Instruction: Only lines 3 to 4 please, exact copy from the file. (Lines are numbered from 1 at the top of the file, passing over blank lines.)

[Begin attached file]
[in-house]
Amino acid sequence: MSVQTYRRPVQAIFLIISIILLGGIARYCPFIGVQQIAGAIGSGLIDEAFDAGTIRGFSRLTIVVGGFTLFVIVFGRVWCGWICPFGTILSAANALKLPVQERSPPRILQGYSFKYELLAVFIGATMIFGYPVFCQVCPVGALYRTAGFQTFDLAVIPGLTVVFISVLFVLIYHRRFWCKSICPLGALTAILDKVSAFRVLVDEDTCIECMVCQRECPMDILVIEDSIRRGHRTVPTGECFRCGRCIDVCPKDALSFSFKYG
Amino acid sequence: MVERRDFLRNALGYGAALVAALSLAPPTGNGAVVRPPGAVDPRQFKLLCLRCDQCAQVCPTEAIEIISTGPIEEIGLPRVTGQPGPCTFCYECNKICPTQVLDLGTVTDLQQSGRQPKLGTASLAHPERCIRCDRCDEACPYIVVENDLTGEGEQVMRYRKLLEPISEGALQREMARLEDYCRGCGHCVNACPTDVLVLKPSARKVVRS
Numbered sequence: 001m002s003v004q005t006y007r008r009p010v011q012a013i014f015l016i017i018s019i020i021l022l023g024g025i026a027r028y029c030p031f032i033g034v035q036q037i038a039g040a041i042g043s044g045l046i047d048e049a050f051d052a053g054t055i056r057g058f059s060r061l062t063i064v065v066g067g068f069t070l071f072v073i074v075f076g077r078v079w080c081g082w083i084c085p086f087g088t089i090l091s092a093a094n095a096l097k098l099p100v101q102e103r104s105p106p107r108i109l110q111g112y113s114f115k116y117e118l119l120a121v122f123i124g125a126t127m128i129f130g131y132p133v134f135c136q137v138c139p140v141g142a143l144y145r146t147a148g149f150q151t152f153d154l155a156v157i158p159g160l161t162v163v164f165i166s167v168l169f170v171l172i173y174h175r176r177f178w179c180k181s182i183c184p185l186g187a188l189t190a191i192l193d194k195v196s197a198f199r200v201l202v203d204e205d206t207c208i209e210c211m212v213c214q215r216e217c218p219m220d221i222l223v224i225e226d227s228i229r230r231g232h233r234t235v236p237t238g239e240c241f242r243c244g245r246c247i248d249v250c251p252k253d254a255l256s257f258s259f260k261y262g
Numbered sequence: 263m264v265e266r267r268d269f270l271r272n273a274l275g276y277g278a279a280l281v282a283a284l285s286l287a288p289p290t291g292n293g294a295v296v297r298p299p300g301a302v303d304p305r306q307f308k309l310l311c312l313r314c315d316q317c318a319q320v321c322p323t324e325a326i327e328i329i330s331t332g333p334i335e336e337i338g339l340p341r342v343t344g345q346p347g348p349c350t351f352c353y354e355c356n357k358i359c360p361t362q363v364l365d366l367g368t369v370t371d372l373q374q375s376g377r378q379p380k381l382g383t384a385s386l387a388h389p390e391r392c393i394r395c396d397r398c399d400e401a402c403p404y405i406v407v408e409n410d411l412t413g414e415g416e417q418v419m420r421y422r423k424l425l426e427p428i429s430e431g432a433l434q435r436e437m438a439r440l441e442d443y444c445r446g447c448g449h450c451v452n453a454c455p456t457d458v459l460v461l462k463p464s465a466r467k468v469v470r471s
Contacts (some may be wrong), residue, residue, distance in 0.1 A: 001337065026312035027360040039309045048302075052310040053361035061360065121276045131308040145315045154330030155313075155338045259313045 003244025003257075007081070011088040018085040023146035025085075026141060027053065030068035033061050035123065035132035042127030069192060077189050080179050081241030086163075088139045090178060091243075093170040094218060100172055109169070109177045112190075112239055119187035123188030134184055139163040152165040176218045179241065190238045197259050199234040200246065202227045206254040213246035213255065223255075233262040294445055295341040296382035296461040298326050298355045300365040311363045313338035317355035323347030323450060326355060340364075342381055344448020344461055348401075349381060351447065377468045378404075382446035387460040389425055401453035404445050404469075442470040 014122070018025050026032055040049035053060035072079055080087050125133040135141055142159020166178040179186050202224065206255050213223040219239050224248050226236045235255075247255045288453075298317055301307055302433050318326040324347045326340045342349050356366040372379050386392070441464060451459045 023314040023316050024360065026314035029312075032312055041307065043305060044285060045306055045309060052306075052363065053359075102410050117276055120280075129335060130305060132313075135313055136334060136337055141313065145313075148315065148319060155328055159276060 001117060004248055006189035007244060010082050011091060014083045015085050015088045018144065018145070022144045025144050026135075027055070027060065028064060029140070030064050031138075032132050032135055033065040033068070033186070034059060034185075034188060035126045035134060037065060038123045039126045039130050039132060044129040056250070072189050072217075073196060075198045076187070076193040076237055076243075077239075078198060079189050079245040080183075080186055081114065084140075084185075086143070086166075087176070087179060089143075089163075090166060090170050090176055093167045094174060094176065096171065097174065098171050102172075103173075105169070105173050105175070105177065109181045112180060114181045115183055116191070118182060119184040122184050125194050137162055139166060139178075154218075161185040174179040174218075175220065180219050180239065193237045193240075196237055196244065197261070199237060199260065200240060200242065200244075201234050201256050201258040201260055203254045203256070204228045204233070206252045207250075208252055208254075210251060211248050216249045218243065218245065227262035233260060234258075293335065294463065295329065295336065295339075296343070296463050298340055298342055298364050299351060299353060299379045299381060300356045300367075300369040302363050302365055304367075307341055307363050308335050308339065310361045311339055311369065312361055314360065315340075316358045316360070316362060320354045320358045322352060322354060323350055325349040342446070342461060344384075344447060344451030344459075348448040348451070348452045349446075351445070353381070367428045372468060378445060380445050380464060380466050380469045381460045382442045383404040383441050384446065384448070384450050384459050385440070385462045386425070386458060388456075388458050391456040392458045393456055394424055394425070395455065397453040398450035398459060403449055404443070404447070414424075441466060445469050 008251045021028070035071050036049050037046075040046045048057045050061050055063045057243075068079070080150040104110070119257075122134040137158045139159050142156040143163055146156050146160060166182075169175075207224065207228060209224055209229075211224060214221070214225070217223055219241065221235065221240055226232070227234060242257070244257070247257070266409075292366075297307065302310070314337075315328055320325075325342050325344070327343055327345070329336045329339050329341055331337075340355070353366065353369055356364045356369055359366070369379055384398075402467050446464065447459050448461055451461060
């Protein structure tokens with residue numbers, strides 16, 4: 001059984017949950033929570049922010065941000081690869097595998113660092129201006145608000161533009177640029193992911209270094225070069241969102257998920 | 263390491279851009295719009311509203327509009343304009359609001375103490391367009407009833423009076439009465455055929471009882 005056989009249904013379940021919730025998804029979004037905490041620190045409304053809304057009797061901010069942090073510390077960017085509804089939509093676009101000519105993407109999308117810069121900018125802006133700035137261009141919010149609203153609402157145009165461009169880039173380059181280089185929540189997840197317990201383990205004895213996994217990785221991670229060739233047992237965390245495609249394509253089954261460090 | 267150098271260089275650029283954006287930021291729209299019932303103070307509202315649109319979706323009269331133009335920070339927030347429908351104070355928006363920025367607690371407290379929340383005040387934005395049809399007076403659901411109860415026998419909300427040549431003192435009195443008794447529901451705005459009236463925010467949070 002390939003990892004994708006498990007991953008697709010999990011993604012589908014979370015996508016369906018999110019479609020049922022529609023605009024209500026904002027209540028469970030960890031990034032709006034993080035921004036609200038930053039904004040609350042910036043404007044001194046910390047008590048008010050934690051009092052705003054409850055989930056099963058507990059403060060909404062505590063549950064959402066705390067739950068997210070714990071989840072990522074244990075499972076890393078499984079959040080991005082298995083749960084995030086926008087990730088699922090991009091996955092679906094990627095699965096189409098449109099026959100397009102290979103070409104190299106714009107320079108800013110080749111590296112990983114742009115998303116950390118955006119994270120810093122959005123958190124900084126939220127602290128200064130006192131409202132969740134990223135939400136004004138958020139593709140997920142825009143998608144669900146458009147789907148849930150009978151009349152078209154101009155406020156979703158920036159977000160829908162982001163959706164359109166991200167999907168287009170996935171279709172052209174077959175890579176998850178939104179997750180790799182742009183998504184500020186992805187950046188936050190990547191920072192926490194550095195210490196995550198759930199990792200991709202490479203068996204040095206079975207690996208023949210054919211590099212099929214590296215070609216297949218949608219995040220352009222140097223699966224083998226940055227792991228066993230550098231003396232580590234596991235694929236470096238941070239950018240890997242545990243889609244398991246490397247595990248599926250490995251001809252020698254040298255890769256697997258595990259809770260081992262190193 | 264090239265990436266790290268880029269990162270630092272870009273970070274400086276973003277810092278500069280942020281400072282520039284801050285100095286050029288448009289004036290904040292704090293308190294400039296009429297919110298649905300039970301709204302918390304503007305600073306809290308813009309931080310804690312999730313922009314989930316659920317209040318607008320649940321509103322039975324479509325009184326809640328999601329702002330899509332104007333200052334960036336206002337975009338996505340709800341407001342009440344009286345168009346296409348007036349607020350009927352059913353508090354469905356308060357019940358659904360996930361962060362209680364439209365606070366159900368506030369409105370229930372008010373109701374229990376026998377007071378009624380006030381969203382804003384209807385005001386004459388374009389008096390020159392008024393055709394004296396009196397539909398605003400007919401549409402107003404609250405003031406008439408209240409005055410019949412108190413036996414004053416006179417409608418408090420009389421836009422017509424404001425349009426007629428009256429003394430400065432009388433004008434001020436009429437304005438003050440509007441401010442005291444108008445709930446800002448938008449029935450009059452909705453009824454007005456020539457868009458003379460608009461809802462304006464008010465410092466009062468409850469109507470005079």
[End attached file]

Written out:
Amino acid sequence: MVERRDFLRNALGYGAALVAALSLAPPTGNGAVVRPPGAVDPRQFKLLCLRCDQCAQVCPTEAIEIISTGPIEEIGLPRVTGQPGPCTFCYECNKICPTQVLDLGTVTDLQQSGRQPKLGTASLAHPERCIRCDRCDEACPYIVVENDLTGEGEQVMRYRKLLEPISEGALQREMARLEDYCRGCGHCVNACPTDVLVLKPSARKVVRS
Numbered sequence: 001m002s003v004q005t006y007r008r009p010v011q012a013i014f015l016i017i018s019i020i021l022l023g024g025i026a027r028y029c030p031f032i033g034v035q036q037i038a039g040a041i042g043s044g045l046i047d048e049a050f051d052a053g054t055i056r057g058f059s060r061l062t063i064v065v066g067g068f069t070l071f072v073i074v075f076g077r078v079w080c081g082w083i084c085p086f087g088t089i090l091s092a093a094n095a096l097k098l099p100v101q102e103r104s105p106p107r108i109l110q111g112y113s114f115k116y117e118l119l120a121v122f123i124g125a126t127m128i129f130g131y132p133v134f135c136q137v138c139p140v141g142a143l144y145r146t147a148g149f150q151t152f153d154l155a156v157i158p159g160l161t162v163v164f165i166s167v168l169f170v171l172i173y174h175r176r177f178w179c180k181s182i183c184p185l186g187a188l189t190a191i192l193d194k195v196s197a198f199r200v201l202v203d204e205d206t207c208i209e210c211m212v213c214q215r216e217c218p219m220d221i222l223v224i225e226d227s228i229r230r231g232h233r234t235v236p237t238g239e240c241f242r243c244g245r246c247i248d249v250c251p252k253d254a255l256s257f258s259f260k261y262g